Central Washington University will host a weeklong First Amendment Festival, May 6 through 9 in the Student Union and Recreation Center (SURC), featuring activities designed to help students learn about and exercise their First Amendment freedoms.
The festival’s featured speaker is political columnist and New York Times bestselling author Glenn Greenwald, whose columns for Salon and The Guardian prompted Newsweek to name him one of the nation’s top 10 opinion writers. He will make the festival’s free, public keynote address, “Under Fire: The War on Terror’s War on the First Amendment,” Monday, May 6, at 4 p.m. in the SURC Theater.
“I really want to expose Central students to his insights; they need to hear what he has to say,” said Cynthia Mitchell, festival chair and CWU journalism professor. “I really appreciate how he advocates for the importance of a free and adversarial press, and how he never hesitates to call out the mainstream media when they act more like lapdogs than watchdogs.”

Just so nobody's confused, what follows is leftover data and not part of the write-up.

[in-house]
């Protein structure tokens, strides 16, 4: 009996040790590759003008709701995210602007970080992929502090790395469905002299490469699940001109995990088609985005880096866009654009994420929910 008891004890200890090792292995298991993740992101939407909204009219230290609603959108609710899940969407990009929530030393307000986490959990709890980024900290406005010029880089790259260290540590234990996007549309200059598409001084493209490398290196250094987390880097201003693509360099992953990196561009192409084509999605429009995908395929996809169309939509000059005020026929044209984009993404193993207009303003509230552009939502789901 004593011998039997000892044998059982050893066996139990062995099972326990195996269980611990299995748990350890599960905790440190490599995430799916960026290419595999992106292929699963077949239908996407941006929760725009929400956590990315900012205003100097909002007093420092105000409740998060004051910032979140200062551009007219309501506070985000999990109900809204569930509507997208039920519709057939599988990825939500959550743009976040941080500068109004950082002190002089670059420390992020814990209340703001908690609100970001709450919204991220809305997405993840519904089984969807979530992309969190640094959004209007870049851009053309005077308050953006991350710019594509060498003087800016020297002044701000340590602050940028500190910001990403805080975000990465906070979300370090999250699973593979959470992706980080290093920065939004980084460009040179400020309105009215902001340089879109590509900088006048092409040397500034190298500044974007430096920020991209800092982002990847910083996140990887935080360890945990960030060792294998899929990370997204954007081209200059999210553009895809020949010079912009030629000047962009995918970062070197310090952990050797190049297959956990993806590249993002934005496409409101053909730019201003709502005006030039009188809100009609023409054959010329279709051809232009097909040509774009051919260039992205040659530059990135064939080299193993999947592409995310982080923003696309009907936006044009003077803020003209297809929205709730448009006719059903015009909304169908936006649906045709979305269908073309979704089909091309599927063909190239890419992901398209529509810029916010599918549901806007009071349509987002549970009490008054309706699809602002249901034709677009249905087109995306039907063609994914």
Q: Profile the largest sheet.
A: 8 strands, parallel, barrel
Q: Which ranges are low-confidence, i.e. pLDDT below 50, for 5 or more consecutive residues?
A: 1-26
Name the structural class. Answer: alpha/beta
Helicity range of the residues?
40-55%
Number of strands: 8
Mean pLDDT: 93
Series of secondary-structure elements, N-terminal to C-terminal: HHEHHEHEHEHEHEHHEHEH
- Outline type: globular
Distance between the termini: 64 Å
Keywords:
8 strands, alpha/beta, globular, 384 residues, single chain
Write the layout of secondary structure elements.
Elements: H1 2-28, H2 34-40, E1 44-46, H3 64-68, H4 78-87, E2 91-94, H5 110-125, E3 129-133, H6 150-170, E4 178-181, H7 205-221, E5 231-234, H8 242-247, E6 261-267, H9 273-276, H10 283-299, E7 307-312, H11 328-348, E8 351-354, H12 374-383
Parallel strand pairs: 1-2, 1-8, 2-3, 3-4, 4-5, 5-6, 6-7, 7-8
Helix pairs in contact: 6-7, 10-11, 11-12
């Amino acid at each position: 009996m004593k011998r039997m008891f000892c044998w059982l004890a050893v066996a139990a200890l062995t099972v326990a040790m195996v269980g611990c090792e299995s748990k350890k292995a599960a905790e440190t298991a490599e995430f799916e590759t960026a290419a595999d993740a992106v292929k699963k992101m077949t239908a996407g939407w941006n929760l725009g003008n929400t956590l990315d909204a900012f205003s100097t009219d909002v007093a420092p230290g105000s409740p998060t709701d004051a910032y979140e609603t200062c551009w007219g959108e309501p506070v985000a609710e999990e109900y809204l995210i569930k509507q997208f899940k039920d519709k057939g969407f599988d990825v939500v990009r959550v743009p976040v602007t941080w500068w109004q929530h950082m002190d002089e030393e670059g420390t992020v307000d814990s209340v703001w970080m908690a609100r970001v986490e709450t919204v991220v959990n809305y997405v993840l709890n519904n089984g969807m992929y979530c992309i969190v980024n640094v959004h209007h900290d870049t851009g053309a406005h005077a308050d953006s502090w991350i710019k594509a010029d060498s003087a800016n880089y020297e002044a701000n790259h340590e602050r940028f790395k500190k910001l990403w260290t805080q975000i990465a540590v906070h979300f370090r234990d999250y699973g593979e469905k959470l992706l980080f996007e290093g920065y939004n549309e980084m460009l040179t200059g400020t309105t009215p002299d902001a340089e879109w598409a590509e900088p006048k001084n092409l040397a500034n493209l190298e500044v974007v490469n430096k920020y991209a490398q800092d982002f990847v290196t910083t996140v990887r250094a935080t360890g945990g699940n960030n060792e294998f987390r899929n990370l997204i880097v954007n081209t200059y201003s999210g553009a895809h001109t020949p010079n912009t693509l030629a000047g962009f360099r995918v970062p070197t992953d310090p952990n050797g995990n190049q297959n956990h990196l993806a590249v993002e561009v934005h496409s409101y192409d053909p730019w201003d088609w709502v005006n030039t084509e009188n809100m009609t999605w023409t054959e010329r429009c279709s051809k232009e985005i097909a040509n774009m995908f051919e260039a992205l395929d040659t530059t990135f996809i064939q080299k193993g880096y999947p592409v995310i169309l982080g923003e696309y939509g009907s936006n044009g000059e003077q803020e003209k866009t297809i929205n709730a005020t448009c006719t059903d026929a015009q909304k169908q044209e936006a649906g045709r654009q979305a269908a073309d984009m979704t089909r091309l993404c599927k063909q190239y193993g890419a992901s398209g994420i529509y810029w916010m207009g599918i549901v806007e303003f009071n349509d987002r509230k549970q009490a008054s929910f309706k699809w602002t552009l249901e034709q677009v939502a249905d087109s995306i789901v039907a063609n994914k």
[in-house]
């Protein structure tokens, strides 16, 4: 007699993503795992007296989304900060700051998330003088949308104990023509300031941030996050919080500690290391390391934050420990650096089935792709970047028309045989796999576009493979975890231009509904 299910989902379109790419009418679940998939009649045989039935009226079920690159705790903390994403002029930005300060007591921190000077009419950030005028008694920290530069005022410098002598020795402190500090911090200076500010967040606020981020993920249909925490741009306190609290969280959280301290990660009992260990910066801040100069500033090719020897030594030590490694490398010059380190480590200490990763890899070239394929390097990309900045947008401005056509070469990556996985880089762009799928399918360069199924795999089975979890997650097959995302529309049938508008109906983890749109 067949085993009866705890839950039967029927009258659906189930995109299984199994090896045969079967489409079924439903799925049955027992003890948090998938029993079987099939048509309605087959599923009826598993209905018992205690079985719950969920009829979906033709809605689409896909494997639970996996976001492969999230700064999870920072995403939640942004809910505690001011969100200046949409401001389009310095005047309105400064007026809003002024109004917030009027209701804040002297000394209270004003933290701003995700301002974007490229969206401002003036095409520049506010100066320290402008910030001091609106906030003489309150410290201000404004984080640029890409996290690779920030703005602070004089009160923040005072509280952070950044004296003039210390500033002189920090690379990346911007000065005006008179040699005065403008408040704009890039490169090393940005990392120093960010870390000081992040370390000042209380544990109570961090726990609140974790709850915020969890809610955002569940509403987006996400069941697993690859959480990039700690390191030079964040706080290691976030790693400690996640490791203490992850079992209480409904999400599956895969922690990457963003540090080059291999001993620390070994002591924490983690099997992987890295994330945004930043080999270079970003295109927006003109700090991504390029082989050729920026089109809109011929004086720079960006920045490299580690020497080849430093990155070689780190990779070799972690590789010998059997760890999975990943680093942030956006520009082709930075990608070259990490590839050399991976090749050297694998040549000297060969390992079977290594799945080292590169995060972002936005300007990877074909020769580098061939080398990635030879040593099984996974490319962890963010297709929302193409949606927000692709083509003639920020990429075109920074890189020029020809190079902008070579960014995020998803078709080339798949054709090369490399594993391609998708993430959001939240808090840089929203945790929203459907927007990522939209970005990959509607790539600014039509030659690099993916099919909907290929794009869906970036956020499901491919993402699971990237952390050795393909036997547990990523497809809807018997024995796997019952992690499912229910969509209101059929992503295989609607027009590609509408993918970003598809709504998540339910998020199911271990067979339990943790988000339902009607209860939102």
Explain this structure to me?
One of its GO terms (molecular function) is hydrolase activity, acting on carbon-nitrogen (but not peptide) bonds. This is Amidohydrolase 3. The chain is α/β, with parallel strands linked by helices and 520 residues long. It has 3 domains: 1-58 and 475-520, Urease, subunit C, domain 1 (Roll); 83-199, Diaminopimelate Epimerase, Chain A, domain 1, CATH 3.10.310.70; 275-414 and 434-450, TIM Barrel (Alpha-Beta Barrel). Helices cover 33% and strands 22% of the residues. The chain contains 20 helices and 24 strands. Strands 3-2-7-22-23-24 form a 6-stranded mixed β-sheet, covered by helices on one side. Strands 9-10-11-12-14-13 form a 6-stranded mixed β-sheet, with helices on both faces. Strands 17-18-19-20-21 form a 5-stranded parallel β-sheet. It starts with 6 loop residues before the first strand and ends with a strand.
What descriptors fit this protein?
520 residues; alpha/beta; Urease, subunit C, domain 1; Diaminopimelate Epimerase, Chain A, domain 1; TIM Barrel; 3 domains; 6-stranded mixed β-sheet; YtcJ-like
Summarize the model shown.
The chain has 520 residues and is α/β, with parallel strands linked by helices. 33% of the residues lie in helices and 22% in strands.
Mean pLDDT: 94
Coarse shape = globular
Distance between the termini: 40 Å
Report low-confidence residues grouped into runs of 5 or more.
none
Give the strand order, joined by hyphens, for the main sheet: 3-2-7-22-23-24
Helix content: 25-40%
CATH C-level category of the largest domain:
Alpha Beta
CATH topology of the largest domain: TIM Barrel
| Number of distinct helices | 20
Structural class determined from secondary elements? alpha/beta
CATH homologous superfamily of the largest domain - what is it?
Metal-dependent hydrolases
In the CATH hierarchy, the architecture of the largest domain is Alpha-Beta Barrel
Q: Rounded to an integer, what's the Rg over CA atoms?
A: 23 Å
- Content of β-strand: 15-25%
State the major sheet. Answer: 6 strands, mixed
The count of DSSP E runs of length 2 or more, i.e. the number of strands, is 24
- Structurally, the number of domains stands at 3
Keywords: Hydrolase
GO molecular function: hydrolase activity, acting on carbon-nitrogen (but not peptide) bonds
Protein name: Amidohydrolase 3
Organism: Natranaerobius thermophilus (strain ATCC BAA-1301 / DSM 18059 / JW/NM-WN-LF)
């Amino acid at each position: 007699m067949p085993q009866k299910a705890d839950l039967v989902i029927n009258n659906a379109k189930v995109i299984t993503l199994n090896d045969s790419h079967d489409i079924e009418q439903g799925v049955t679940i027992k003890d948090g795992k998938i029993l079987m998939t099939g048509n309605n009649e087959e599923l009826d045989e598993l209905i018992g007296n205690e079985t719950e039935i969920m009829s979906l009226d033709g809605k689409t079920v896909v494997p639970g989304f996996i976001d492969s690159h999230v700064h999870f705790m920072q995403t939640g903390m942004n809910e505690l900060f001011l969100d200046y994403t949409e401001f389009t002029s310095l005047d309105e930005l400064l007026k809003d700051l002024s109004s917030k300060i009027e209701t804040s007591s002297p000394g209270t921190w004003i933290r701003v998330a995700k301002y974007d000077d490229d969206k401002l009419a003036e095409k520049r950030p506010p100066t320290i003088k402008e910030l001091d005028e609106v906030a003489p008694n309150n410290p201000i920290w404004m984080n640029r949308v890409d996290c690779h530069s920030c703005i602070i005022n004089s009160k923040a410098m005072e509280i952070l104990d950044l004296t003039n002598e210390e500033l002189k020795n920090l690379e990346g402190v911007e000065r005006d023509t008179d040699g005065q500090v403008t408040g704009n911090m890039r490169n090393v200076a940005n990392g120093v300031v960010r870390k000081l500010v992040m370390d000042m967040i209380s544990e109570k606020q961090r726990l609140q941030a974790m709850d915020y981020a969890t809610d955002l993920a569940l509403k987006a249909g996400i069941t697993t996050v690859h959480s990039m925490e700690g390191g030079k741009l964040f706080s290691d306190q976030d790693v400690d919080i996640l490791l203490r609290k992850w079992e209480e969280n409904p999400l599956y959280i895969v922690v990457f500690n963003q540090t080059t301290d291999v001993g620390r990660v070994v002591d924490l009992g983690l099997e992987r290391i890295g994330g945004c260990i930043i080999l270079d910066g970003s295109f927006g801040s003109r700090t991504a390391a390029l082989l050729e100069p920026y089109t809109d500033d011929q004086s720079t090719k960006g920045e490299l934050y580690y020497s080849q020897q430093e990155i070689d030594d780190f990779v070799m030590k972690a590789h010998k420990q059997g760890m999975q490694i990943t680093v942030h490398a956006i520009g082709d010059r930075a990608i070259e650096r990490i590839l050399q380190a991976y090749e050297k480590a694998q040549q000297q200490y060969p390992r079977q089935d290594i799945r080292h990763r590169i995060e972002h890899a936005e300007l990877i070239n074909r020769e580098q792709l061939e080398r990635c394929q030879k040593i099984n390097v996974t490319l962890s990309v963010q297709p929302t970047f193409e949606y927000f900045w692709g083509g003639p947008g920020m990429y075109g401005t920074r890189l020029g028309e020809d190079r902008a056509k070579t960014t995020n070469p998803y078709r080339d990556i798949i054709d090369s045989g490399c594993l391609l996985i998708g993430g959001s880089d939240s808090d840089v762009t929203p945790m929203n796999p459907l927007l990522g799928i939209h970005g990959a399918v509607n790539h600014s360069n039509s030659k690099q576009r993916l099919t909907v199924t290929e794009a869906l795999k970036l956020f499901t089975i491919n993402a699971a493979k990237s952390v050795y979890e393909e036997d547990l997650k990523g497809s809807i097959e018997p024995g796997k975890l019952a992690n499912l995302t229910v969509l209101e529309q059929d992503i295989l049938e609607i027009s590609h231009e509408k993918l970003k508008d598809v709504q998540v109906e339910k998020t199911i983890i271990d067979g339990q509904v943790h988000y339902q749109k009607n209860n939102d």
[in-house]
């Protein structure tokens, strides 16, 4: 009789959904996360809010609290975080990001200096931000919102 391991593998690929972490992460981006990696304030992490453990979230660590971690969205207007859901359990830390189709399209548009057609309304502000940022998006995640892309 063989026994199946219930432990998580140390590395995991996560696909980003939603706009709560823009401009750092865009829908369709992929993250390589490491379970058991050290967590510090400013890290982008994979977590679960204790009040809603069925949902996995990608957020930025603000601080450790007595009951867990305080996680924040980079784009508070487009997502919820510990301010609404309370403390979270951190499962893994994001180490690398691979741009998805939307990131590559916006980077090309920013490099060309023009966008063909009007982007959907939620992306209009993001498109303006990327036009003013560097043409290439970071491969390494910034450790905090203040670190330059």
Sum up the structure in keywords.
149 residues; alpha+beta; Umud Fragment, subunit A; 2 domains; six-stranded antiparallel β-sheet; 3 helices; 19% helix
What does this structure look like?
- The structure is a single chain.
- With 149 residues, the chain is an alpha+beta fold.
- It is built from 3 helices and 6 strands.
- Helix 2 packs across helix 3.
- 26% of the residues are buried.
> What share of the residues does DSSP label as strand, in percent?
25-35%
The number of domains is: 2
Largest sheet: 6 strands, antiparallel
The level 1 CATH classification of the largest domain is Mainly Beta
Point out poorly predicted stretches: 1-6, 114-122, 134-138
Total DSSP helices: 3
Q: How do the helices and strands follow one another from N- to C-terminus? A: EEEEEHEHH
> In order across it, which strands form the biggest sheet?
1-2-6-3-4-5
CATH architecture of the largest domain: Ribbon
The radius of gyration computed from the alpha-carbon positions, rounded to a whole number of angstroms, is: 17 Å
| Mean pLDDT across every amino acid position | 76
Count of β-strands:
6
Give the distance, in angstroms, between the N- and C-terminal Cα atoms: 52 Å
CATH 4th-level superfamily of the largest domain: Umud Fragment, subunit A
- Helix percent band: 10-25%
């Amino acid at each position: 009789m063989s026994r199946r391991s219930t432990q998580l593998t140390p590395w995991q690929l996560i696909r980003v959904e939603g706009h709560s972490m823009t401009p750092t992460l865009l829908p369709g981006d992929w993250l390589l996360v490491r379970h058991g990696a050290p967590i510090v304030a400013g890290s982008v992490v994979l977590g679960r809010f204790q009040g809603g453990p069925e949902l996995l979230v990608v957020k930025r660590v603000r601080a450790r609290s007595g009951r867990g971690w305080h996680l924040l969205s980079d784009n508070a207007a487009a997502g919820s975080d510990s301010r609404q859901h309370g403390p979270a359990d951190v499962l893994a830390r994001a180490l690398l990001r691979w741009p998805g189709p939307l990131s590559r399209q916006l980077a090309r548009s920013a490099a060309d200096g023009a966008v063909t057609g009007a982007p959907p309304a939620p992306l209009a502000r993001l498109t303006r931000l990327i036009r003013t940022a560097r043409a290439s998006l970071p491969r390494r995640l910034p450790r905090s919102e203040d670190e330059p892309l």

Greenwald has authored three New York Times bestsellers. His latest, “With Liberty and Justice for Some,” exposes America’s burgeoning two-tiered system of justice that grants immunity to the political and financial elite while imprisoning the economically powerless.
Along with Greenwald’s presentation, from 11:00 a.m. to noon on Monday and Tuesday, and noon to 1:00 p.m. on Wednesday, three famous First Amendment trials will be re-enacted by CWU history students: the espionage trial of Daniel Ellsburg, who leaked the Pentagon Papers to the New York Times; Lenny Bruce's obscenity trial; and the “Chicago Seven” trial of protesters at the 1968 Democratic National Convention.
Greenwald will close the Monday re-enactment with a short talk about the parallels and differences between that case and the detention and court martial of Bradley Manning for leaking to Wikileaks.
On Thursday, from 11:00 a.m. to 2:00 p.m., CWU students will also have the chance to speak out on several hot topics— from gun rights to reproductive rights—in the SURC Pit.
“It’s important that students make their voices heard,” Mitchell said. “Our partnership with College Civics Week is designed to show them how they can use their First Amendment rights to get involved in issues they care about, starting with the most important way to get involved—voting.”
Cynthia Mitchell, CWU Department of Communication, email@example.com
Posted: May 3, 2013